Group rallies to help immigrant students

Emily Kaiser

According to the National Immigration Law Center, 65,000 undocumented students graduate from high school in the United States each year.

Because they lack documentation, the students are unable to receive in-state tuition or financial aid.

Legislators will reintroduce the bipartisan Dream Act to the state Legislature this session, which would allow 5,000 illegal immigrants a year who graduate from Minnesota high schools to attend college for the cost of in-state tuition.

University students and faculty members met Wednesday to gain support for the bill at the college and high school level.

Nine states have similar laws in place and 18 other states are considering similar legislation, said Martha Ockenfels-Martinez, global and Chicano studies senior and program assistant for the Freedom Network.

The bill passed the house and senate last session, but was not signed by Gov. Tim Pawlenty.

University students were not very involved in the movement last year, but Freedom Network is trying to change that, she said.

One of the group’s main goals is to have University students educate high school students about the importance of the bill, Ockenfels-Martinez said.

The University students would teach high school students during a six-week session and plan lobbying at the state capitol.

“Education is a right,” Ockenfels-Martinez said. “Everyone needs an education and deserves it.”

The bill will primarily affect Chicano and Latino immigrants, Ockenfels-Martinez said, because they are the largest immigrant population in the United States, but are not represented in higher education because of the current laws.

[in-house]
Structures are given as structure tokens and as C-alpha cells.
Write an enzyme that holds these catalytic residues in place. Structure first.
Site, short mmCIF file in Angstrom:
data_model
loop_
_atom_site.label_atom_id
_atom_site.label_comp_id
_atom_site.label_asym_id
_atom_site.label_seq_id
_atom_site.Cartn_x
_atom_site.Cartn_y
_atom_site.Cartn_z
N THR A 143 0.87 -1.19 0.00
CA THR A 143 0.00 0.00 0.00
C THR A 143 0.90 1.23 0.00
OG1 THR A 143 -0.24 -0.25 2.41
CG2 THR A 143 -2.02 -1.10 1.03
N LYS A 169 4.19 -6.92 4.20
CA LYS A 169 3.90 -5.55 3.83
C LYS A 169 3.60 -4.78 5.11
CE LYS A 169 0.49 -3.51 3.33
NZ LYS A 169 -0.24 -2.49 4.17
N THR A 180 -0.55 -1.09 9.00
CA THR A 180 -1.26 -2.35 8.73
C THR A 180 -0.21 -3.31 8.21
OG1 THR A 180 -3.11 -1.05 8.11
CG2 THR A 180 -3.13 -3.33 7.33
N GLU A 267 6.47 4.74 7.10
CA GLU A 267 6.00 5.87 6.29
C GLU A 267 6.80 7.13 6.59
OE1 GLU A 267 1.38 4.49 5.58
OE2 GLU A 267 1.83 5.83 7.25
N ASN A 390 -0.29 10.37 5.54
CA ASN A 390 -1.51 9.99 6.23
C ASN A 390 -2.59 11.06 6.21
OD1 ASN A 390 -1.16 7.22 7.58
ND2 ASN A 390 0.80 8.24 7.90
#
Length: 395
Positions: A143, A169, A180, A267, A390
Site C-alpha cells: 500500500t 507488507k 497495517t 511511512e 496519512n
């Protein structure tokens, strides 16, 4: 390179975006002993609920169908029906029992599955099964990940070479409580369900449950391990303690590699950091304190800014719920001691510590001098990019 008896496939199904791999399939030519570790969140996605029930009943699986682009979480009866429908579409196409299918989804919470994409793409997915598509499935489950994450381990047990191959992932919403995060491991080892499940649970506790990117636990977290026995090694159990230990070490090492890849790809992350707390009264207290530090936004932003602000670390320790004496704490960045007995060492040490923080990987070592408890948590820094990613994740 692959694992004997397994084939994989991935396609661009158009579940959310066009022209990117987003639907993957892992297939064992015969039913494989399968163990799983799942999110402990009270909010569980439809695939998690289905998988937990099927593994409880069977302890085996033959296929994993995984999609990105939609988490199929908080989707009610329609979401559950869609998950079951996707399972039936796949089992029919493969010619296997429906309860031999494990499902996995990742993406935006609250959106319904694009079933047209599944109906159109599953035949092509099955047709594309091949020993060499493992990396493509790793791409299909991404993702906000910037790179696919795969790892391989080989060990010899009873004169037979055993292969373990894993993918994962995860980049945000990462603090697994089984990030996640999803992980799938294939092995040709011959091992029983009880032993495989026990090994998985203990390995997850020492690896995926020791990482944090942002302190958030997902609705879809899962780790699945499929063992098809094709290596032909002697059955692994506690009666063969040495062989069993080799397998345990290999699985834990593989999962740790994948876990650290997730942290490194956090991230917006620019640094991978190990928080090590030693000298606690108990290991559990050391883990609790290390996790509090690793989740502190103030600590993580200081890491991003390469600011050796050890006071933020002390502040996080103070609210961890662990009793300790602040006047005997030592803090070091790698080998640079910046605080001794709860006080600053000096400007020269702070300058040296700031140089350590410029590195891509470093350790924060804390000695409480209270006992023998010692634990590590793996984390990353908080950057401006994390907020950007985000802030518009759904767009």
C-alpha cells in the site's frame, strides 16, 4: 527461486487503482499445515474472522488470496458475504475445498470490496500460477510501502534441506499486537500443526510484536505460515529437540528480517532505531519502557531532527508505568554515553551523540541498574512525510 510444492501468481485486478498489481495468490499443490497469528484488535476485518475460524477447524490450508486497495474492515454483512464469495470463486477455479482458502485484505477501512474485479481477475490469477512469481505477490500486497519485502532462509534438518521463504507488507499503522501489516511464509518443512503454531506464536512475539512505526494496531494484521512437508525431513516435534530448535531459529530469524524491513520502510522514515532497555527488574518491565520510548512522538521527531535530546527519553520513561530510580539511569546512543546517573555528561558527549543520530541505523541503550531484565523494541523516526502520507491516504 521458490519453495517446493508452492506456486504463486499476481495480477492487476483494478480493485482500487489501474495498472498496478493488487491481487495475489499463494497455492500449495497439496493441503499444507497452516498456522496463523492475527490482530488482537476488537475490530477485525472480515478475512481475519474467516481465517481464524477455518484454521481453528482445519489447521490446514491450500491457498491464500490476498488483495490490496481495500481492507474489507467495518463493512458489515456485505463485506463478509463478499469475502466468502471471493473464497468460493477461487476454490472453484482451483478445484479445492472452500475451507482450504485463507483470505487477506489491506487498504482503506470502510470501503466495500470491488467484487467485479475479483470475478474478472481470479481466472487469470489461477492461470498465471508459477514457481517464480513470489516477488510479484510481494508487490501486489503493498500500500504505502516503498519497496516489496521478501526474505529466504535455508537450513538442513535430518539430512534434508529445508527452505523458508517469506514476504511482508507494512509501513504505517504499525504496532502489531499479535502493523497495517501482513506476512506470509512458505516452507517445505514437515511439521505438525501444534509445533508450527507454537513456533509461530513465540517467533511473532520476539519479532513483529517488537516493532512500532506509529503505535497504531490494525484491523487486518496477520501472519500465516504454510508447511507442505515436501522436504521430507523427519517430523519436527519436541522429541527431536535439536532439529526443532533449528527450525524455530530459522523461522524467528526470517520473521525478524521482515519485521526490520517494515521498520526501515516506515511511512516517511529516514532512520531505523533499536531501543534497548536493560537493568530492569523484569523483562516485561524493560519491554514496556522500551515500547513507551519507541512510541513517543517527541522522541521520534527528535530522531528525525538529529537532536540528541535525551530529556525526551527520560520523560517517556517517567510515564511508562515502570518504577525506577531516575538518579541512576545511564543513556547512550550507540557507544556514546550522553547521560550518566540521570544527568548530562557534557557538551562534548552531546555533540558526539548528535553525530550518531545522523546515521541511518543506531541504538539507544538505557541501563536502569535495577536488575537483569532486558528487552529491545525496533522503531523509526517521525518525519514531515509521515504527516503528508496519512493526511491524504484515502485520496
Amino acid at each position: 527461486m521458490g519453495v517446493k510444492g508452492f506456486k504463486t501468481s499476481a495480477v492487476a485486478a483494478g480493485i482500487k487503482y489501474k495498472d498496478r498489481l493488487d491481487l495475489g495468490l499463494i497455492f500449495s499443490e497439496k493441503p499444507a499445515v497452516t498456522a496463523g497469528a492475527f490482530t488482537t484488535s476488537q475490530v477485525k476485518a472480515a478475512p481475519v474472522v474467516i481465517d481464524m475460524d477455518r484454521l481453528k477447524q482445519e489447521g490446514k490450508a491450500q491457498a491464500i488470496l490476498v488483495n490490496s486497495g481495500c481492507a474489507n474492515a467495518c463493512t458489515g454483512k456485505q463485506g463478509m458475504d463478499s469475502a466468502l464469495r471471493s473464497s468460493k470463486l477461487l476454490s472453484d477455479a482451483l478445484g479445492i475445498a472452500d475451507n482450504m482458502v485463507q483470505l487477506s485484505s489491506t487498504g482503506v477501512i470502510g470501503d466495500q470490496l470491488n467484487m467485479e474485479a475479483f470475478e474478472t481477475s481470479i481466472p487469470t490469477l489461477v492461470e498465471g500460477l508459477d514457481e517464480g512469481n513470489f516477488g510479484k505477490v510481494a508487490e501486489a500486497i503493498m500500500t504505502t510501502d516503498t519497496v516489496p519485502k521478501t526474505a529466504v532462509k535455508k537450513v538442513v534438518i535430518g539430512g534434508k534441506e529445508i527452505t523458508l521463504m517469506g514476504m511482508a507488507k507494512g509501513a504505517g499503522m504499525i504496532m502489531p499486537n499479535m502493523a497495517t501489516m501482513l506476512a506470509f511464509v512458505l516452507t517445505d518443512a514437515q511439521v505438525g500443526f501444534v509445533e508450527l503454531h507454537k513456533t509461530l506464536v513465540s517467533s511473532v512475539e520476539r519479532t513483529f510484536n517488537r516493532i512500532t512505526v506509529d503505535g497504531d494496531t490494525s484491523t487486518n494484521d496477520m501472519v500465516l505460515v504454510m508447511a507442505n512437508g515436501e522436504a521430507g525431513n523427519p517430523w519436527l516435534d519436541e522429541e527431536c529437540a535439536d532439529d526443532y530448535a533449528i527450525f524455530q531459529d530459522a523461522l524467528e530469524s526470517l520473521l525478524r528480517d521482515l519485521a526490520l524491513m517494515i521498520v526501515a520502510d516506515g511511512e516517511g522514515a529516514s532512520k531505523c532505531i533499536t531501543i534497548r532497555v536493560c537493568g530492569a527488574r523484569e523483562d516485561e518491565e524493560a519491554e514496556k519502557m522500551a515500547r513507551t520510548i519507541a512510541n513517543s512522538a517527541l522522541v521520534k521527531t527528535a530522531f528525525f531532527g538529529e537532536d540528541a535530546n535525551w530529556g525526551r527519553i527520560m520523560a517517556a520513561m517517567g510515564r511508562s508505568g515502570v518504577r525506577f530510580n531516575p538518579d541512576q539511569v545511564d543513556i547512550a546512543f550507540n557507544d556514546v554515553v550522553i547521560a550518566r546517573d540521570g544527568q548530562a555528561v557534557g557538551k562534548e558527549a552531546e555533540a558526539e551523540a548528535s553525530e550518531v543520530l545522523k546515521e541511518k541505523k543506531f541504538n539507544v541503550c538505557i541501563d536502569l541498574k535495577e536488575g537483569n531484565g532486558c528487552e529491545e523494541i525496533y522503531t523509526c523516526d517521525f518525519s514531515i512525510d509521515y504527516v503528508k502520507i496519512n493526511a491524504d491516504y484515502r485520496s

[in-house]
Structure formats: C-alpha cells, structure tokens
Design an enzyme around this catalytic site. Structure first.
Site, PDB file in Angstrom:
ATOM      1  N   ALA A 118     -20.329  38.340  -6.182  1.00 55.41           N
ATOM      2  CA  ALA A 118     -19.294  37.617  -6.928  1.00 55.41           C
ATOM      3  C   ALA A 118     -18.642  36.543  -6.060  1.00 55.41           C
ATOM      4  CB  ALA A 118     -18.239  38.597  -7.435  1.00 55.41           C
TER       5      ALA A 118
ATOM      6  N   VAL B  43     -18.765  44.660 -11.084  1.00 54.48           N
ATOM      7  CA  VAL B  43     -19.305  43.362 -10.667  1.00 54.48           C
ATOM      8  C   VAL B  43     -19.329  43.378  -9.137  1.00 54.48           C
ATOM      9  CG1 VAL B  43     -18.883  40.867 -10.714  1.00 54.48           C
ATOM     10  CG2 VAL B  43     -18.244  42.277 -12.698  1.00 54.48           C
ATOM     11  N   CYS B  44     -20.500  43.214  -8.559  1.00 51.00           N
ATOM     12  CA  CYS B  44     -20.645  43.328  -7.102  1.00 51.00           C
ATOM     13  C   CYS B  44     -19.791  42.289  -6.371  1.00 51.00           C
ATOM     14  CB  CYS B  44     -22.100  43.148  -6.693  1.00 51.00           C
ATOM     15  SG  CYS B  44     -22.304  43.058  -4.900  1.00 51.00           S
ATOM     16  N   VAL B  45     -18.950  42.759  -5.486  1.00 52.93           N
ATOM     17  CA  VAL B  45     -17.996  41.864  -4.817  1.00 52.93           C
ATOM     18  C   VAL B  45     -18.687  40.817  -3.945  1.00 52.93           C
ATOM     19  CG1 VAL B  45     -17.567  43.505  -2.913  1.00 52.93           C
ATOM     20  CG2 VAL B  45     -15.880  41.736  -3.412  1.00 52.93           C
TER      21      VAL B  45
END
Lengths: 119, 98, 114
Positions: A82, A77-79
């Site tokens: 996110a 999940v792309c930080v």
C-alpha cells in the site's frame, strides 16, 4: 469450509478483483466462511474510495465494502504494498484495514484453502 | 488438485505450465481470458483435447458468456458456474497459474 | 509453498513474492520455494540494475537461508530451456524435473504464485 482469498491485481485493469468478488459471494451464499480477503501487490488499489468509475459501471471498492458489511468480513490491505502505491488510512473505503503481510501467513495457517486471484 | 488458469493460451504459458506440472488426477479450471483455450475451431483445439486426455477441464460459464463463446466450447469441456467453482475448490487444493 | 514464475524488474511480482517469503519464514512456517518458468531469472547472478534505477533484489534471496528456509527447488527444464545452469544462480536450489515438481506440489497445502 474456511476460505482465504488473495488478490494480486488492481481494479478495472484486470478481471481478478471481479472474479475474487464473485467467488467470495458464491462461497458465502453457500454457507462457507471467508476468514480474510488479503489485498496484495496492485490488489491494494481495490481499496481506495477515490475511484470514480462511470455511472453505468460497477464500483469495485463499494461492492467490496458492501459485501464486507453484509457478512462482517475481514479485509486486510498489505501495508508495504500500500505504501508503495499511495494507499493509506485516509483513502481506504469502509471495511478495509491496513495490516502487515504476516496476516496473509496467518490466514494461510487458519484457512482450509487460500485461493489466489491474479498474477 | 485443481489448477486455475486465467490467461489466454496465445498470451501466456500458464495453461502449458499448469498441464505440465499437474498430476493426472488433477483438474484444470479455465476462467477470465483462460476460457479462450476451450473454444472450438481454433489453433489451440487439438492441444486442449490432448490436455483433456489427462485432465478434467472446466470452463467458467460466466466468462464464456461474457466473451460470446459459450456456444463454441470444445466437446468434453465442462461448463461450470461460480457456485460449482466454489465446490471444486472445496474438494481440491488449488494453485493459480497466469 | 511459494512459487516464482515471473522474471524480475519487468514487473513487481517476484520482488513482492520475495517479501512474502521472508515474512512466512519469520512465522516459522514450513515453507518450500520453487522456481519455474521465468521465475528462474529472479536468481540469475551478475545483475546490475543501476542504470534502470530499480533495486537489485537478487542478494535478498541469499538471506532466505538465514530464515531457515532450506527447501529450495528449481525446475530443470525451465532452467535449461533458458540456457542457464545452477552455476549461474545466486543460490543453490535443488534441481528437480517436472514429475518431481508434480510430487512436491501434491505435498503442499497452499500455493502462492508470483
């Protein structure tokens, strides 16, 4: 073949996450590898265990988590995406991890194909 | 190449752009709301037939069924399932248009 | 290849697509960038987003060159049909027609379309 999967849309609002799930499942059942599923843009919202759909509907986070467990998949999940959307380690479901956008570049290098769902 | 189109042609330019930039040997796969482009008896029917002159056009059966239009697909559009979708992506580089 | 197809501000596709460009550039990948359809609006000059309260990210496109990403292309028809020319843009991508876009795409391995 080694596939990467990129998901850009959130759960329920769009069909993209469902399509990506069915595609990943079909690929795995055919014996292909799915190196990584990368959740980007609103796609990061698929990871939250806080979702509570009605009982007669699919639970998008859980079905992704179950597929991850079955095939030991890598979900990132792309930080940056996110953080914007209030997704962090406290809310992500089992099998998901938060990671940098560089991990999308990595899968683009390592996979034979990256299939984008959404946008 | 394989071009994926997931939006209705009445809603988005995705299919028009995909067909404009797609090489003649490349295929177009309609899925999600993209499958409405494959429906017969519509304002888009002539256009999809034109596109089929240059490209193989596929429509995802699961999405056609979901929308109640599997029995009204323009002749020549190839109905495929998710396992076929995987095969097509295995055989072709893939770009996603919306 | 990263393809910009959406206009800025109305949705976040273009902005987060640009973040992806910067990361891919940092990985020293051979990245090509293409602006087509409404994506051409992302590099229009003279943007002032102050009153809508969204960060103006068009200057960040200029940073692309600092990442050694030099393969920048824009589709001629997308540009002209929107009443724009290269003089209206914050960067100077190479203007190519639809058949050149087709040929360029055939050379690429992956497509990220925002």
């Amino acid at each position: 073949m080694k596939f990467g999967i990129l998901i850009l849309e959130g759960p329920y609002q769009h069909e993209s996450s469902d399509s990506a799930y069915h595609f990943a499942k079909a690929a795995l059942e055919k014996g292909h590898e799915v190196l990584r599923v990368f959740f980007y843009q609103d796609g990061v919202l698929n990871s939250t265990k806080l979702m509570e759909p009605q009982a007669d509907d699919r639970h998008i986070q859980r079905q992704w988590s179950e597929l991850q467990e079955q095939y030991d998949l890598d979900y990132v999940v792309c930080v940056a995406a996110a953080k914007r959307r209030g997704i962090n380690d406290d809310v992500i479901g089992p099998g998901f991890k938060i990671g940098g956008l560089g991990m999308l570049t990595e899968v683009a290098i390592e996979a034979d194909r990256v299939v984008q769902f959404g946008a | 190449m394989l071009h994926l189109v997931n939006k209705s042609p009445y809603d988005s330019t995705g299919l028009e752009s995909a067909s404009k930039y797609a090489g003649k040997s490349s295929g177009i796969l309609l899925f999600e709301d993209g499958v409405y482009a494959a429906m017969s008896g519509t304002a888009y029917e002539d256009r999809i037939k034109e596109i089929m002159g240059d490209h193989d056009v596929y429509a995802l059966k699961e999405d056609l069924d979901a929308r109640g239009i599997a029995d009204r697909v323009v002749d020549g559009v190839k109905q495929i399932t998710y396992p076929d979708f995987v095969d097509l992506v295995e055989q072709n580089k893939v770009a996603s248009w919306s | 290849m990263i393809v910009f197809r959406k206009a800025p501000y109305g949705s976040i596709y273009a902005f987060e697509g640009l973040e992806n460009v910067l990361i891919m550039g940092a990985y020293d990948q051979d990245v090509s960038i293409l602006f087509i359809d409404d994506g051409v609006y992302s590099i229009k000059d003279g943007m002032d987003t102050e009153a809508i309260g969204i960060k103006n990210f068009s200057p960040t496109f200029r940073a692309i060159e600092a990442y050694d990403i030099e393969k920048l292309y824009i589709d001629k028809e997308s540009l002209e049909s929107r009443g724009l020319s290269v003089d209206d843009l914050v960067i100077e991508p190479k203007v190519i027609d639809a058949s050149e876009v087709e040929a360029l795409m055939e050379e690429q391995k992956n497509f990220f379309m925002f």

Spanish teaching specialist Maria Louisa Eiffler attended the meeting and said the issue is “extremely important” to her.

Eiffler, a Mexican immigrant, said she believes education is a right all children deserve.

She said she plans to help educate high school students and inform other people who would be interested in the topic.

Kinesiology sophomore Jessica Veit, who also attended the meeting, said she has worked on a similar act since 2003 in her home state, Missouri.

Veit said her best friend is an undocumented student from Costa Rica and is dealing with tuition issues firsthand.

Mechanical engineering senior Chris Bassett said the bill will benefit more people than immigrant students because once students graduate, they will contribute to the state by holding a better job and generating increased income.

“It affects every one of us, whether we know it or not,” he said.

Ockenfels-Martinez said one of the most important aspects of the bill is not punishing students for their parent’s decision to bring them to the United States.

“Students should be rewarded for their accomplishments, not punished,” she said.